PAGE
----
Shanghai included blockchain, NFTs and Web3 in its 5-year plan

Shanghai included blockchain, NFTs and Web3 in its 5-year plan

The municipal government pledged to support the enterprises that are discovering the non-fungibles market.

China’s biggest city Shanghai officially intends to boost the development of innovations such as blockchain, nonfungible tokens (NFTs), metaverse and Web3 in general during its next five-year plan. 

On July 13, Shanghai’s Municipal Government published the draft of its “14th Five-Year Plan for the Development of Shanghai’s Digital Economy”. A document sets the mission of “promoting the deep integration of digital technology and the real economy,” with “scientists judging technology prospects” and “entrepreneurs discovering market demand”.

The plan suggests supporting the enterprises that plan to construct the NFT trading platforms and “research and promote the digitization of NFT and other assets.” A separate section is dedicated to blockchain, with a voiced commitment to promote the development and application of “blockchain+” technology and build a blockchain development ecosystem with strong innovation capabilities and independent control.

There is also a place for metaverse ambitions, as the municipal government plans to accelerate the research and deployment of the platform for the interaction between the virtual world and the real society by carrying out the development of core technologies and encouraging the creation of new platforms with richer and more diverse content scenarios. The plan emphasizes the significance of new forms of digital entertainment consumption, such as virtual concerts, virtual idols, and virtual sports.

A planned exploration of Web3 opportunities would include researching a multi-platform OpenID, distributed data storage, decentralized domain name resolution system (DNS), and end-to-end encrypted communication technology, complemented by the update of hardware base and deployment of 6G, Internet Protocol version 6 (IPv6), sixth-generation wireless network technology (Wi-Fi6) and quantum communication.

Related: NFT platforms in China grow 5X in four months despite government warnings

While the plan keeps silent on the prospects of decentralized finance (DeFi), it mentions “digital finance” with a promise to promote smart contracts and improve asset trading, payment and settlement, registration and custody. However, the section puts an emphasis on exploring the pilot of the digital yuan, a central bank digital currency (CBDC), cherished by the Bank of China.

Other, non-crypto-related directions of a five-year plan touch on the issues of smart cities, low-carbon energy, digital health, intelligent service robots and others.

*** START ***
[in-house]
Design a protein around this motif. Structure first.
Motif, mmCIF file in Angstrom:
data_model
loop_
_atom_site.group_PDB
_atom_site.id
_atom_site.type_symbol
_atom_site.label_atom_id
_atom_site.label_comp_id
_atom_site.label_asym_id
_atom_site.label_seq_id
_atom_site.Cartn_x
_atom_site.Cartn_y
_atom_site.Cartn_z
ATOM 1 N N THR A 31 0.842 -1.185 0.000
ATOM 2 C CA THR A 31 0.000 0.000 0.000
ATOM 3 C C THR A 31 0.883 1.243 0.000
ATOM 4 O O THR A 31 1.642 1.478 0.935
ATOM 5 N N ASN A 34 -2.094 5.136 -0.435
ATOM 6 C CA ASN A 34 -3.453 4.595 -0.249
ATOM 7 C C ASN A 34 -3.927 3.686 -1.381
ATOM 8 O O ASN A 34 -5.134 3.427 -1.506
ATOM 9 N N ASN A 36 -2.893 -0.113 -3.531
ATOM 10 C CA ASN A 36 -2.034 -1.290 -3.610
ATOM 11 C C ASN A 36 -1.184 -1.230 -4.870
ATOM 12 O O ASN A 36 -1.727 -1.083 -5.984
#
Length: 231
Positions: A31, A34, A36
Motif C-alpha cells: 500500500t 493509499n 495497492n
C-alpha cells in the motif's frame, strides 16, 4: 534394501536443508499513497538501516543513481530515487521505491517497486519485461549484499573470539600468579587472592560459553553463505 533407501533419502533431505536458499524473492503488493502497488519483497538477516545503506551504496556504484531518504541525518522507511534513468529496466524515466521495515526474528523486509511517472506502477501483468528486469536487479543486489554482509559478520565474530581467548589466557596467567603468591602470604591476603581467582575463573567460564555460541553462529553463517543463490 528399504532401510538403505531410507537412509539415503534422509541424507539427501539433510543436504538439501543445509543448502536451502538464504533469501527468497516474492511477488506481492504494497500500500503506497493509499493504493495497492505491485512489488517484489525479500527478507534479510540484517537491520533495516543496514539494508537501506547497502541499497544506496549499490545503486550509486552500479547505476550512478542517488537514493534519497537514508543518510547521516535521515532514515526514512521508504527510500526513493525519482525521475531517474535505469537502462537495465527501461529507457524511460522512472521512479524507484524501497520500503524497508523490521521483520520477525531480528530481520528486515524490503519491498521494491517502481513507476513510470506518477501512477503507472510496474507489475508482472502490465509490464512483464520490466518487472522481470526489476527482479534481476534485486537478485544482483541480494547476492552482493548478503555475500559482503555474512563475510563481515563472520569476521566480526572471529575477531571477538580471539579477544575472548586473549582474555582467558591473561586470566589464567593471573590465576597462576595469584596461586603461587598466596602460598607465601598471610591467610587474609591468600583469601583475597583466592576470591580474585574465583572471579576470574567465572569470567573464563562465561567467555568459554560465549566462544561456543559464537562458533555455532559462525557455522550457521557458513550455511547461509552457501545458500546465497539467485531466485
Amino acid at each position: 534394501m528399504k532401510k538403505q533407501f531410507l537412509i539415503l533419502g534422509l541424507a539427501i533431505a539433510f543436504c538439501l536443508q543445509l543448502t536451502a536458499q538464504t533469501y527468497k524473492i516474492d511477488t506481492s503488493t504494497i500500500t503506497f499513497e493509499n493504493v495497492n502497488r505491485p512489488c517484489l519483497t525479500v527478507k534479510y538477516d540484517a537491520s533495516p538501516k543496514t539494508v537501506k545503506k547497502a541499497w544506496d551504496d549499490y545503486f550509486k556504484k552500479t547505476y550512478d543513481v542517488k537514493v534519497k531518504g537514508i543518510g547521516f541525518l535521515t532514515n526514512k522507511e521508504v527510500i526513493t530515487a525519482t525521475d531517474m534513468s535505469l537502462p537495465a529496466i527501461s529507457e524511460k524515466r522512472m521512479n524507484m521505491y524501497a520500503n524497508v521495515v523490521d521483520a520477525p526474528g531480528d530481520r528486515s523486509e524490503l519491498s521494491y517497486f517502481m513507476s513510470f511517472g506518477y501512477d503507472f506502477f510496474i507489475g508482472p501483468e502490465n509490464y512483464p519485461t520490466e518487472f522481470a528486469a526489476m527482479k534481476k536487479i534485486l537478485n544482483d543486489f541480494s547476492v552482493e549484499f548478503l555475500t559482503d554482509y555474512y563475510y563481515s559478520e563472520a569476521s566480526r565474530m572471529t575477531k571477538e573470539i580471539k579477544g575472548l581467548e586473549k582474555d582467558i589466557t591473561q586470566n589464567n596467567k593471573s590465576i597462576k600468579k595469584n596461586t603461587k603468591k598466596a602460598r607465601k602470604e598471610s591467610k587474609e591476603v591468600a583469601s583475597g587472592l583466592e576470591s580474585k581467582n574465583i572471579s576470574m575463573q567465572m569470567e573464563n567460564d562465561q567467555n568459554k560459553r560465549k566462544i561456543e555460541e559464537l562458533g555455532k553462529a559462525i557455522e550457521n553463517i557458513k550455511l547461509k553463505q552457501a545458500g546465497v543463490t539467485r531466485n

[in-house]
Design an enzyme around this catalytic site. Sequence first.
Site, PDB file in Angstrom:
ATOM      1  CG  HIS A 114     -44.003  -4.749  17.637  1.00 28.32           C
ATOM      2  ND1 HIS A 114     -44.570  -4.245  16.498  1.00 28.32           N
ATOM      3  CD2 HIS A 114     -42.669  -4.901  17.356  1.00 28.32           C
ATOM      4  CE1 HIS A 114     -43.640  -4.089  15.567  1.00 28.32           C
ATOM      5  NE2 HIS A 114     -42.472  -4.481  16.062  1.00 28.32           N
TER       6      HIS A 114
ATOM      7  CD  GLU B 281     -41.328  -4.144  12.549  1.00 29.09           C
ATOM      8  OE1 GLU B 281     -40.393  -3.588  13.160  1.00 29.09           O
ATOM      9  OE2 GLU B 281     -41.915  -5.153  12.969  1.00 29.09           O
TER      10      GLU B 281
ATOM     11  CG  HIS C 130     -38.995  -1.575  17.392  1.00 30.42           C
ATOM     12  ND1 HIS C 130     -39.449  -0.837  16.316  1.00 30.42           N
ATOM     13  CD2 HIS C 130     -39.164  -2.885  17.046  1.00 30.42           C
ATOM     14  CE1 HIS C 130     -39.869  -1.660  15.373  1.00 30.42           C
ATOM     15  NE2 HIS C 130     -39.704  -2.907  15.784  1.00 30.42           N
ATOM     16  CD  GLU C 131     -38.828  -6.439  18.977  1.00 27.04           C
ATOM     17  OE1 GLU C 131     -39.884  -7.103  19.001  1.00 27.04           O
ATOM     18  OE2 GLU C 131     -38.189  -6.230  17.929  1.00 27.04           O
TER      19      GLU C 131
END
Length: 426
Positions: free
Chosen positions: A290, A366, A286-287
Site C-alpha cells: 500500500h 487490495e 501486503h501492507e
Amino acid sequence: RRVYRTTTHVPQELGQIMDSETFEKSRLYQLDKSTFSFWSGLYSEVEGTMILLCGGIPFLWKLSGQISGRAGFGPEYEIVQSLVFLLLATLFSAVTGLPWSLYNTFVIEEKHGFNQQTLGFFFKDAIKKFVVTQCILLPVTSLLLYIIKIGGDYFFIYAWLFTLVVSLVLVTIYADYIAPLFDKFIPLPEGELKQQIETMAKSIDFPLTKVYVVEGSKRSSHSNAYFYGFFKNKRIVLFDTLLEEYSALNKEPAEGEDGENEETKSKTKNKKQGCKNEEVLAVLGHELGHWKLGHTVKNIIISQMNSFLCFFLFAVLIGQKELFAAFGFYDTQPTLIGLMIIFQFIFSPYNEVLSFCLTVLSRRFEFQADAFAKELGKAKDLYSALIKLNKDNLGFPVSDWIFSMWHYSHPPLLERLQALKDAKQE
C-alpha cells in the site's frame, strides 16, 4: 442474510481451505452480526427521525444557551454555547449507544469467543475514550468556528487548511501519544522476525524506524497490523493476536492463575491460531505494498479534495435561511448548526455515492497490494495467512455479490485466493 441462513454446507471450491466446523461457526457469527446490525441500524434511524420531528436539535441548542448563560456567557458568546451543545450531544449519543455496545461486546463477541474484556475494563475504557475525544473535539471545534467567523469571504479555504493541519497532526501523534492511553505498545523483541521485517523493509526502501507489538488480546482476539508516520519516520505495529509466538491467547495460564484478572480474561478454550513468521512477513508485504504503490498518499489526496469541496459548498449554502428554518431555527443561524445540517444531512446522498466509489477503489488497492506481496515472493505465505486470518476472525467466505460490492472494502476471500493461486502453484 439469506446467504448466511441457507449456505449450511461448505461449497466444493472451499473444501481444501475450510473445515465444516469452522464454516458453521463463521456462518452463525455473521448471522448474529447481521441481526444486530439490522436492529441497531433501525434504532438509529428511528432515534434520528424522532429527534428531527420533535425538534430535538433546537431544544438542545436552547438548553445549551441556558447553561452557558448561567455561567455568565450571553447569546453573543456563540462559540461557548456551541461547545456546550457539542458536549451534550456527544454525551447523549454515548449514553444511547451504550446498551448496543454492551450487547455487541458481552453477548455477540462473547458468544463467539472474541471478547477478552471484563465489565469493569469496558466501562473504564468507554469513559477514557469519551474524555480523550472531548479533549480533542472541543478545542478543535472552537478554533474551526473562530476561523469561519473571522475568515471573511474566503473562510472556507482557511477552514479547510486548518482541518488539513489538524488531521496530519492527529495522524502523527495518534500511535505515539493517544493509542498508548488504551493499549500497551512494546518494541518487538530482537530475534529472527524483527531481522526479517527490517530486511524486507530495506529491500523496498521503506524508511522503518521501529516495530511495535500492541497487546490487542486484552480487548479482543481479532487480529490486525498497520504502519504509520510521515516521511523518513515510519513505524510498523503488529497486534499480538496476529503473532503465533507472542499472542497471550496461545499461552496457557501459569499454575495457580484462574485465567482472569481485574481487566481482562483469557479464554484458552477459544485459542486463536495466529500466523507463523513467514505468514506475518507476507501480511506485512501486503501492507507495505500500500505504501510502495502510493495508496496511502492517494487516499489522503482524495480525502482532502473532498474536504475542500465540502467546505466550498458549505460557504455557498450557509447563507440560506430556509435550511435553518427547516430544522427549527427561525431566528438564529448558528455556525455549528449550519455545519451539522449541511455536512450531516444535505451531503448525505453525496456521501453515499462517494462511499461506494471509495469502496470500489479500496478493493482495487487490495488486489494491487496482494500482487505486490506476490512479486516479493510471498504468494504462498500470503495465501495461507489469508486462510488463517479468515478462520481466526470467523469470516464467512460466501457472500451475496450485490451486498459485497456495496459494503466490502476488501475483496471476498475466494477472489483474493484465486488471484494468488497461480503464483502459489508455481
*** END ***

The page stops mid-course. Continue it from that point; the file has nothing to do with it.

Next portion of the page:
In his article from June 26, Yifan He, the CEO of Red Date Technology — a major tech firm involved in the development of China’s major blockchain project called the Blockchain Service Network (BSN) — has called private cryptocurrencies the “biggest Ponzi scheme in human history.”

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Bank of England’s vision for the digital pound differs from China’s model

Bank of England (BoE) Deputy Governor Jon Cunliffe said the digital pound would likely operate as an account-managed instrument at the “trade level,” instead of a direct to retail user currency, Bloomberg News reported, Cunliffe — tasked with overseeing the United Kingdom’s CBDC project — told a panel that policymakers are considering ways to make the […]

The post Bank of England’s vision for the digital pound differs from China’s model appeared first on CryptoSlate.

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China Blockchain Alliance Executives: Virtual Currency the ‘Largest Ponzi Scheme in Human History’

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China’s BSN chair calls Bitcoin Ponzi, stablecoins 'fine if regulated'

China’s BSN chair calls Bitcoin Ponzi, stablecoins ‘fine if regulated’

Stablecoins like USDT and USDC would be doing just fine if properly regulated, while Bitcoin is a “Ponzi scheme” in any case, China’s BSN chair told Cointelegraph.

Amid the Chinese government continuing to celebrate the massive decline of cryptocurrency markets this year, one key local blockchain expert has referred to crypto as a “Ponzi scheme.”

Yifan He, CEO of Red Date Technology, a major tech firm involved in the development of China’s major blockchain project, the Blockchain Service Network (BSN), has penned a new article devoted to various kinds of cryptocurrencies and their supposed Ponzi-like nature.

Published in the local newspaper The People’s Daily on June 26, the piece refers to private cryptocurrencies as the “biggest Ponzi scheme in human history.”

The author mentioned the Terra network’s collapse, with the native token LUNA crashing 99% and the algorithmic UST stablecoin losing its 1:1 peg value to the U.S. dollar in May 2022. He also criticized the increasingly popular virtual currency concept known as X-to-earn, referring to move-to-earn or play-to-earn projects, calling the model a “phishing strategy.”

The BSN chair also mentioned some well-known criticism of Bitcoin (BTC) by Microsoft founder Bill Gates and legendary investor Warren Buffett.

He is not a fan of Bitcoin or any similar cryptocurrencies himself as well. “Currently all unregulated cryptocurrencies including Bitcoin are Ponzi schemes based on my understanding, just different risk levels based on the market caps and number of users,” He said in a statement to Cointelegraph on Monday.

The BSN chair added that he had not had any cryptocurrency wallet or related assets ever: “I don’t touch them and won’t touch them in the future even if they become regulated because I don’t consider that they have any value whatsoever.”

According to He, governments like El Salvador — which opted to adopt BTC as legal tender — “seriously need basic financing training.” “Otherwise, they put entire countries at risk unless their original intentions were to build state-owned crypto trading platforms and scam off on their citizens,” the exec told Cointelegraph.

While criticizing Bitcoin and many other crypto projects, He still believes that some part of the crypto market could be doing just fine if it’s properly regulated. Cash-backed stablecoins like Tether (USDT) and Circle’s USD Coin (USDC) should not be viewed as Ponzi-like schemes, the BSN chair said, stating:

“USDC or USDT are payment-related currencies, not speculative assets. Once they are fully regulated, they are fine.”